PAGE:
A Commendable Debut - Vaishnavi Rammohan's Bharatha Natya Arangetram  
by a Natya Rasika 
(at the Louis B. Mayer Theater, Santa Clara University, California, USA)

October 2002

Not each and every dance artist leaves an impact in your mind. In this dance legacy of our country, there is so much demand for perfection of technique and dexterity of movements in the pure dance aspects, and added to that, the dancer is expected to show uninhibited expressional capabilities and dramatic skills. It would not be an exaggeration to state that Vaishnavi Rammohan, who performed at the Louis B. Mayer Theater on the 28th of September 2002, left a lasting impression of true quality dancing in the adept handling of each dance number. Vaishnavi has been learning this art form for the past 6 years from Guru Smt. Vishal Ramani at the Fremont Center of Shri Krupa Dance Company. Her dance items were not simple items with simple nadai patterns. They were challenging to say the least, and the talas ranged from Adi talam, to Misra Chapu talam to an Ata Tala Varnam.  

The Pushpanjali in Hamsanandi ragam was set to Adi Talam, but the nadais varied from Chathusra to Thisra to Khandam. Her sculpturous punctuations were a real treat. This was a composition of Madurai R Muralidharan.  

Shri Oothukkadu Venkata Subba Iyer's composition 'Ananda Nardana Ganapathi' followed. Ganesha's ecstatic dance movements were portrayed with energy and excitement by the artist and the audience felt swept into the midst of it all.  

In the Jathiswaram that followed in Raga Tala Malikai, Vaishnavi showed excellent Anga Shuddhi, with perfect body lines, posture, centering and speed. Dance seemed to be an easy sweep for this artist who, no doubt, has a great future in this art form.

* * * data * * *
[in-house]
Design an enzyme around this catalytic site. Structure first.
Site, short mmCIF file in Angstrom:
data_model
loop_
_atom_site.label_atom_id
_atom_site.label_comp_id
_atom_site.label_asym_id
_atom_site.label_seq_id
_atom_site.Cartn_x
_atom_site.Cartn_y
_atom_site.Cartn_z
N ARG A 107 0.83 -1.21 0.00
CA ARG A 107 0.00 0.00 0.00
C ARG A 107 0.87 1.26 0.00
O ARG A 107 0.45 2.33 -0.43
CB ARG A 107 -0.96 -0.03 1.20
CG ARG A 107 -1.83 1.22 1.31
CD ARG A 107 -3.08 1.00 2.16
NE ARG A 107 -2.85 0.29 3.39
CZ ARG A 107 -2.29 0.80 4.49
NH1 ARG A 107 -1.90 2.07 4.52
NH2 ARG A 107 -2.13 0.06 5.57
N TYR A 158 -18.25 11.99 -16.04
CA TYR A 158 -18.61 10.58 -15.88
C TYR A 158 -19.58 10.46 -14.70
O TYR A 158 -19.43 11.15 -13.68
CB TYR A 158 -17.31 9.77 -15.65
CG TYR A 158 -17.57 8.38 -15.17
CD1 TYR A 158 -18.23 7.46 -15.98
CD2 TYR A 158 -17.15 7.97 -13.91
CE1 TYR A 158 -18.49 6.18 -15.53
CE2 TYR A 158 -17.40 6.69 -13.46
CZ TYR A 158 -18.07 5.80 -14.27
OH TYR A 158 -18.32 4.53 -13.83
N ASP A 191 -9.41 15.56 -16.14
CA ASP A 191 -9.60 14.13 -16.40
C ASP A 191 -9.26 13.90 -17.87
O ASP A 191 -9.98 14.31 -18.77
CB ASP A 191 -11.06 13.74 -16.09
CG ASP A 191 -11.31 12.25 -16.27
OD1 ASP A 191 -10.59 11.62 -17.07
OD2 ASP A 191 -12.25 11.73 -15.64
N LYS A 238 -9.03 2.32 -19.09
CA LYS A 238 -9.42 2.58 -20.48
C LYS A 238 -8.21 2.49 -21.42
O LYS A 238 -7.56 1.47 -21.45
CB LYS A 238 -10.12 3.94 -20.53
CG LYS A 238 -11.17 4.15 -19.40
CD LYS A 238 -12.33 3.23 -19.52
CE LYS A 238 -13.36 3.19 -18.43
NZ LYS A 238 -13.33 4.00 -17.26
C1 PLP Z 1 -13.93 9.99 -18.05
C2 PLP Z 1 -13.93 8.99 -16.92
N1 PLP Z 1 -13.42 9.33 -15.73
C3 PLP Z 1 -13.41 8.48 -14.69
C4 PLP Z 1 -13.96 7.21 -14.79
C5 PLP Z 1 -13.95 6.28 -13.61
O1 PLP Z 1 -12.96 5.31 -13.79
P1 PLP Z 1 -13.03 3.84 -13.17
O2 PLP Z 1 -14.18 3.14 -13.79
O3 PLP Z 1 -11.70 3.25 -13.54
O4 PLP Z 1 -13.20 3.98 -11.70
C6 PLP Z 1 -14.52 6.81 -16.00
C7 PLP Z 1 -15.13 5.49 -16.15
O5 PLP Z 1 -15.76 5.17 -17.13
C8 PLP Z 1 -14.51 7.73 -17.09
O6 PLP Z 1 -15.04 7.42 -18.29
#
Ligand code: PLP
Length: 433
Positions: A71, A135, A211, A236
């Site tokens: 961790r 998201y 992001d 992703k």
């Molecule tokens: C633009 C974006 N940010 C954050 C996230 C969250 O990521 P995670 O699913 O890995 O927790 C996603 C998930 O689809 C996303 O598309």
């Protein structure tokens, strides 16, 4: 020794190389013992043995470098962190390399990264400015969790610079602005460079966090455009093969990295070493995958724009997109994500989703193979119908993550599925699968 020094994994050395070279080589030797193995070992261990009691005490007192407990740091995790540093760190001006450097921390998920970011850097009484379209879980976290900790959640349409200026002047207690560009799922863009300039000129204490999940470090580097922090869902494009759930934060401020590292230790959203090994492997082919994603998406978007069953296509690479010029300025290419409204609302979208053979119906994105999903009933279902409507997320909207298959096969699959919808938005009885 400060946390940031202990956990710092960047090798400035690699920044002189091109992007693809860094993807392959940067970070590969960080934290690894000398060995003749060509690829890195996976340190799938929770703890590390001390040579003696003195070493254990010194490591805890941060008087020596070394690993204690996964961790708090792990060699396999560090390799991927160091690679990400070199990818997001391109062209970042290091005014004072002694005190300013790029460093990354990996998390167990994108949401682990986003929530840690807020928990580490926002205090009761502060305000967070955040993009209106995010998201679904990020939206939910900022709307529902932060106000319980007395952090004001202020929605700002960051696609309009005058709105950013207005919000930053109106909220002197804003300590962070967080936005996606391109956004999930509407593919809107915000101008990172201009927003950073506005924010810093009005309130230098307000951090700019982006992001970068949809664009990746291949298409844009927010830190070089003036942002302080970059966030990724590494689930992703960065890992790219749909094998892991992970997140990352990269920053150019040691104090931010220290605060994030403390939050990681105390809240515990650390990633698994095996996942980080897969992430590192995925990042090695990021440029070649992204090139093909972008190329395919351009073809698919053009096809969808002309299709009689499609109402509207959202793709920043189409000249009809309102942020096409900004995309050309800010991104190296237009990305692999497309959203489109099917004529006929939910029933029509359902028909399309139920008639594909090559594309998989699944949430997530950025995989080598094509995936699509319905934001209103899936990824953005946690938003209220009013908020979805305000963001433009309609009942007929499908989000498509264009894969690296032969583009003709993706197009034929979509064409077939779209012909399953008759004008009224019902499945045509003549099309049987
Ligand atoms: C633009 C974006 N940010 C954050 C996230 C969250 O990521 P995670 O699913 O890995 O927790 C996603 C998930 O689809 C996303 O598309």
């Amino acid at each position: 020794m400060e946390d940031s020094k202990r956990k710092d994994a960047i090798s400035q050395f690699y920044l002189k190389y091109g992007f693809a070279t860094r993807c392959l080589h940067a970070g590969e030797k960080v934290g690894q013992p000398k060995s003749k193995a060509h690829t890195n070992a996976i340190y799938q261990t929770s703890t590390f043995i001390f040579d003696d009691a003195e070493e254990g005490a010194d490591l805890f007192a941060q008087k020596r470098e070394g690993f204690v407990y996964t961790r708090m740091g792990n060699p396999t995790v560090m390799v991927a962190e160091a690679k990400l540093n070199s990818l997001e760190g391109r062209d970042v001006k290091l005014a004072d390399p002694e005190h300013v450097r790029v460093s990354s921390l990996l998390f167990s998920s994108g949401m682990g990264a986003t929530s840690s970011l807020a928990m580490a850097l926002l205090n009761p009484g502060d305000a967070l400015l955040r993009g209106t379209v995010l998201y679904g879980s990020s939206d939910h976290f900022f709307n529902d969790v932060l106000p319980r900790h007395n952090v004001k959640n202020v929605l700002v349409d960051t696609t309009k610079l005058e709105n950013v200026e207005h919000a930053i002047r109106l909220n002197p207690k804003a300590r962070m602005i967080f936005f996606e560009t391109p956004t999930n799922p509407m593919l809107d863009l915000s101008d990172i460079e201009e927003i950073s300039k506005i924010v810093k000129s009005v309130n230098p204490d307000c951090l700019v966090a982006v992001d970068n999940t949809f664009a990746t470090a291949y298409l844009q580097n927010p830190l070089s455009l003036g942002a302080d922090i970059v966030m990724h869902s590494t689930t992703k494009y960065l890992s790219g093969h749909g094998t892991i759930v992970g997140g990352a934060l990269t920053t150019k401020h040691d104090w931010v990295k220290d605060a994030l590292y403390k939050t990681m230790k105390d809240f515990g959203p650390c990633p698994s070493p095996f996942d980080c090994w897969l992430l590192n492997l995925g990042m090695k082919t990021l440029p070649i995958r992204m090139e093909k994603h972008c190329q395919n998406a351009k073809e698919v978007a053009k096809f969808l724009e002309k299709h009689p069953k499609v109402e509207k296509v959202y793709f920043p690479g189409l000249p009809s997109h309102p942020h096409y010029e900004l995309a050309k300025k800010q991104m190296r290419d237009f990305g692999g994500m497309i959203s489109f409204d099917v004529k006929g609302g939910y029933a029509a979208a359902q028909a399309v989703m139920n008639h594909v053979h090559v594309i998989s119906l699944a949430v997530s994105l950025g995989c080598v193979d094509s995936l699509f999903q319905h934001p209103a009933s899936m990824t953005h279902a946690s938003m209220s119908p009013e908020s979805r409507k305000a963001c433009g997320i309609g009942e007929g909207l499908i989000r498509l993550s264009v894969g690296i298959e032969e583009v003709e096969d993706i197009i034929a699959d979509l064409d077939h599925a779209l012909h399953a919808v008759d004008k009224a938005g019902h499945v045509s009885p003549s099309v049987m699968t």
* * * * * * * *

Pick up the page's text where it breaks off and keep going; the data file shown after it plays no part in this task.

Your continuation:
The 45-50 Pada Varnam in Ata Talam will be challenging to any dancer. The attention to details in the execution of the Thirmanams and the subtlety of expressional capabilities thrilled the audience, no doubt. 'Sama Ganapriyane' is indeed a unique composition of Madurai R Muralidharan. Vishal's choreography of this number made it an absolute treat. Each 'Jathi' set was applauded by the entire audience due to the magical precision of the Mrudangam as played by Shri Dhananjayan and mnemonics uttered by Shri Muralidharan.  

The dances that followed were one on Lord Shiva and two others on Lord Krishna. The Krishna items were compositions of Ambujam Krishna, one in the Tamil language and another in the Hindi language. When Vaishnavi played like a mischievous kid in 'Kannaa Vaa Mani Vannaa Vaa', the audience went into rapturous applause.  

The Hindi item 'Haath Ki Murali' in Shyam Kalyan Raga was a very rare one, in which Vaishnavi stole the flute off the hands of the lord and wrapped a flowery wreathe around it. Then she went onto show jealousy at the closeness of that inanimate object to the enchanting lord. It was amazing to see how this portrayal was done with much conviction by Vaishnavi.  

Thillana, the pure dance number, once again an unusual piece set in Thilang Ragam and Khanda Tiruputa Talam was a wonderful one where Vaishnavi's variegated patterns of footwork and her ability to execute challenging routines was a feast for every one present. Vaishnavi's performance as one rasika from Coimbatore quoted, " Vaishnavi dances like a professional dancer who has done many stage performances, with exceptional expressions, superb footwork to the talas, and in all she is a 'born dancer' "  

Every bit of the standing ovation she received is the proof of her talent and her love for this fine art. Guru Vishal did once again prove her dedication and contribution to Bharatha Natyam through Vaishnavi. Nattuvangam was by Shri Madurai R Muralidharan who is a maestro of this fine art from Chennai. Mr R. Dhananjayan's Mrudangam received a special applause from the audience; Lord Shiva's Udukku tone was superb. Violinist Mr. G Sitarama Sarma brought joy to everyone with his tunes and twists. The lovely voices of the Padma Sheshadri Sisters Roshini and Randhini were a perfect complement to the performance.